My team came up with an architectural pattern a few years ago. I think it’s good.

I came up with the name this year, it signifies that the control plane (logical, Greek) and data plane (structural, Roman) often share many similarities, but they’re different alphabets, and there isn’t always a bidirectional, information-preserving mapping between them. There always needs to be a one-way mapping (control -> data) though!


Control plane
Software responsible for the configuration of the system
Data plane
Software responsible for the runtime behaviour of the system
Software that owns a particular area of the data plane, and is responsible for receiving notifications of configuration changes, and making the necessary changes in the data plane to make the configuration take effect


Loose Coupling

Control Plane and Data Plane runtime components must be loosely coupled:

  • Communications must be asynchronous and indirect (e.g. using a pub/sub system)
  • Communications must be one-way (except bootstrapping—Data Plane components MAY request a fresh configuration set from the Control Plane on cold boots, if the pub/sub channel doesn’t have sufficient retention to preserve the whole configuration set.

Different Data Consistency Models

Control plane components can, and usually should, store configuration in a CP store. It’s OK for configuration update functionality to be unavailable sometimes, because it’s important that it be consistent.

Data plane components can, and usually should, store data in an AP store. It’s OK for data to be eventually consistent, but it must always be available.

Use conductors to allow specialization without coupling

A conductor is a service that watches for control plane events, and implements them, in the particular region of the data plane it’s responsible for. This is where the Greco-Roman part comes in: configuration entities of type alpha in the domain model may correspond to A’s in the data plane: there are often clean mappings, but they’re definitely different alphabets.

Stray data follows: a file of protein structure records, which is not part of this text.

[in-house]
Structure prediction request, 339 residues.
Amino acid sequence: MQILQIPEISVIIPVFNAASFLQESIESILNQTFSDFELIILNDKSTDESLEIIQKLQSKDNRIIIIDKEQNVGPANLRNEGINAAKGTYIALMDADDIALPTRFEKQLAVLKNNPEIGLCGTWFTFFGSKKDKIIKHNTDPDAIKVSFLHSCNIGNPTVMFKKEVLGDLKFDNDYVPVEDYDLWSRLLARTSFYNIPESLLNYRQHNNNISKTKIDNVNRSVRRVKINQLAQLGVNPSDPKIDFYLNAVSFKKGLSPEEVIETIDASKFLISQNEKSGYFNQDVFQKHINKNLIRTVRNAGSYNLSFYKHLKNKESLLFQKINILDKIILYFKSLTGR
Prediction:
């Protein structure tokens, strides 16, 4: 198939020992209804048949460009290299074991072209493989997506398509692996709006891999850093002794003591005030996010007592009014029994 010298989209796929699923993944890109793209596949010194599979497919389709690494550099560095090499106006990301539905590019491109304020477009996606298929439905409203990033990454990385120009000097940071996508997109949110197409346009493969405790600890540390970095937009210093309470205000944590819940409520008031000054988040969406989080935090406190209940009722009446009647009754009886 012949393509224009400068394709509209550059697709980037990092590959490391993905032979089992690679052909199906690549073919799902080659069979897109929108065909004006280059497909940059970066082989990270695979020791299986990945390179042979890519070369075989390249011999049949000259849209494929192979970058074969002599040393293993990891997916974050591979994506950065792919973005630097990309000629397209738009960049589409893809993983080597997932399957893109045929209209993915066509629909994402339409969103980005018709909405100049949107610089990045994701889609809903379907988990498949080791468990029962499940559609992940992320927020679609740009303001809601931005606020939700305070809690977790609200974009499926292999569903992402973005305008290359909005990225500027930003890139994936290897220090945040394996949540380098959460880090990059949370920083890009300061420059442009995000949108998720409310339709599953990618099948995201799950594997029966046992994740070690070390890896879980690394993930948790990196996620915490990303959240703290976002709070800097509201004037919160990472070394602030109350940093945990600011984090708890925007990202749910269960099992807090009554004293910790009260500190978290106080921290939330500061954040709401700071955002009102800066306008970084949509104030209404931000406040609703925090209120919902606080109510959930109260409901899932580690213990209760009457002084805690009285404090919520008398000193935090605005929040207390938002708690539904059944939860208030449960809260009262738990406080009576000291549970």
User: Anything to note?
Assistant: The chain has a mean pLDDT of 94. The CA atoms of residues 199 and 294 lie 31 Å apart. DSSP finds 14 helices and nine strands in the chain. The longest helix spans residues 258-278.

For example, a Lambda Conductor might observe CUDs of Query objects (Greek: alphas), and create/update/delete corresponding functions on AWS Lambda (Roman: A’s) in order to enact the user’s desired domain model change.

Conductors can veto a CUD

Conductors are specialized to a particular runtime column, and have intimate knowledge about its capabilities, and thus should have sovereignty about what domain model mutations are permissible. Thus, the control plane must wait for positive responses from all conductors before making a proposed domain model mutation permanent. Domain models really need to be versioned anyway, which makes this feasible to implement: the control plane can save speculative future versions of users’ work in progress without requiring quorum, and only when a user (ideally one with higher permissions than those required to edit!) decides to “make it so” is a two-phase commit required.

In-band transitions to updated domain models

It’s basically impossible to coordinate a state transition across a large, complex distributed system, so let’s cheat. Once all conductors have accepted a proposed domain model update, and signaled that they’re ready to go live, the control plane should inject a synthetic message into the data plane to signal the new configuration epoch. Runtimes should only start acting on the new configuration once they observe this message.